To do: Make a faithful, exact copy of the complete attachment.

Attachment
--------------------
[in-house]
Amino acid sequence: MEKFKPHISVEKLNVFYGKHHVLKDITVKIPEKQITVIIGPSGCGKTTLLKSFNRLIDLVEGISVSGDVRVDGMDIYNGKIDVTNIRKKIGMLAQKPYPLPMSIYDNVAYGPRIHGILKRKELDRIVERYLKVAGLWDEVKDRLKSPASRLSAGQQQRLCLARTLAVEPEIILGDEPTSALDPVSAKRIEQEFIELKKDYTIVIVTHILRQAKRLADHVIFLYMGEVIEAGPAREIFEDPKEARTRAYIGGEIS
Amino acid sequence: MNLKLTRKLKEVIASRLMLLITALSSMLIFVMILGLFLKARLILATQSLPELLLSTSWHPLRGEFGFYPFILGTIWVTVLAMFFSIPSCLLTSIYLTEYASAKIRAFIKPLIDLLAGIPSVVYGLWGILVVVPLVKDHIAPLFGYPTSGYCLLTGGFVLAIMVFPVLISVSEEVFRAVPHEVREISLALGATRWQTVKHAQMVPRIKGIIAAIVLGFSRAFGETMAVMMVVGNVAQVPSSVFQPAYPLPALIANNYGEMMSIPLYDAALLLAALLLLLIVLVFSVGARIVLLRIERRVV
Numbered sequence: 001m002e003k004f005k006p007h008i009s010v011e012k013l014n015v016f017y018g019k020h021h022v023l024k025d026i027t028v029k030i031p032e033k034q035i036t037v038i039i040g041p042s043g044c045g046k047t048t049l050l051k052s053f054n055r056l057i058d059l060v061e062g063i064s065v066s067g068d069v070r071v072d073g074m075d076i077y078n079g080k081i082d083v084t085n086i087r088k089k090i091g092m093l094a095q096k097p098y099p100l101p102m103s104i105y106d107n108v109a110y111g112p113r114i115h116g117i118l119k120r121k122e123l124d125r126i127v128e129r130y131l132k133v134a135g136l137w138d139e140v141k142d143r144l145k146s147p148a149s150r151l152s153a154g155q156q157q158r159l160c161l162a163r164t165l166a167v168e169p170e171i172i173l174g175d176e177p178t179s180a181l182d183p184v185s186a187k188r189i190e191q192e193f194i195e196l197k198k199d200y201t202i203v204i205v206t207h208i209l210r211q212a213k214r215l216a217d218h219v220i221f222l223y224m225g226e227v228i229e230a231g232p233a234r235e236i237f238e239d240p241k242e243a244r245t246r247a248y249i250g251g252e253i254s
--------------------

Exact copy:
[in-house]
Amino acid sequence: MEKFKPHISVEKLNVFYGKHHVLKDITVKIPEKQITVIIGPSGCGKTTLLKSFNRLIDLVEGISVSGDVRVDGMDIYNGKIDVTNIRKKIGMLAQKPYPLPMSIYDNVAYGPRIHGILKRKELDRIVERYLKVAGLWDEVKDRLKSPASRLSAGQQQRLCLARTLAVEPEIILGDEPTSALDPVSAKRIEQEFIELKKDYTIVIVTHILRQAKRLADHVIFLYMGEVIEAGPAREIFEDPKEARTRAYIGGEIS
Amino acid sequence: MNLKLTRKLKEVIASRLMLLITALSSMLIFVMILGLFLKARLILATQSLPELLLSTSWHPLRGEFGFYPFILGTIWVTVLAMFFSIPSCLLTSIYLTEYASAKIRAFIKPLIDLLAGIPSVVYGLWGILVVVPLVKDHIAPLFGYPTSGYCLLTGGFVLAIMVFPVLISVSEEVFRAVPHEVREISLALGATRWQTVKHAQMVPRIKGIIAAIVLGFSRAFGETMAVMMVVGNVAQVPSSVFQPAYPLPALIANNYGEMMSIPLYDAALLLAALLLLLIVLVFSVGARIVLLRIERRVV
Numbered sequence: 001m002e003k004f005k006p007h008i009s010v011e012k013l014n015v016f017y018g019k020h021h022v023l024k025d026i027t028v029k030i031p032e033k034q035i036t037v038i039i040g041p042s043g044c045g046k047t048t049l050l051k052s053f054n055r056l057i058d059l060v061e062g063i064s065v066s067g068d069v070r071v072d073g074m075d076i077y078n079g080k081i082d083v084t085n086i087r088k089k090i091g092m093l094a095q096k097p098y099p100l101p102m103s104i105y106d107n108v109a110y111g112p113r114i115h116g117i118l119k120r121k122e123l124d125r126i127v128e129r130y131l132k133v134a135g136l137w138d139e140v141k142d143r144l145k146s147p148a149s150r151l152s153a154g155q156q157q158r159l160c161l162a163r164t165l166a167v168e169p170e171i172i173l174g175d176e177p178t179s180a181l182d183p184v185s186a187k188r189i190e191q192e193f194i195e196l197k198k199d200y201t202i203v204i205v206t207h208i209l210r211q212a213k214r215l216a217d218h219v220i221f222l223y224m225g226e227v228i229e230a231g232p233a234r235e236i237f238e239d240p241k242e243a244r245t246r247a248y249i250g251g252e253i254s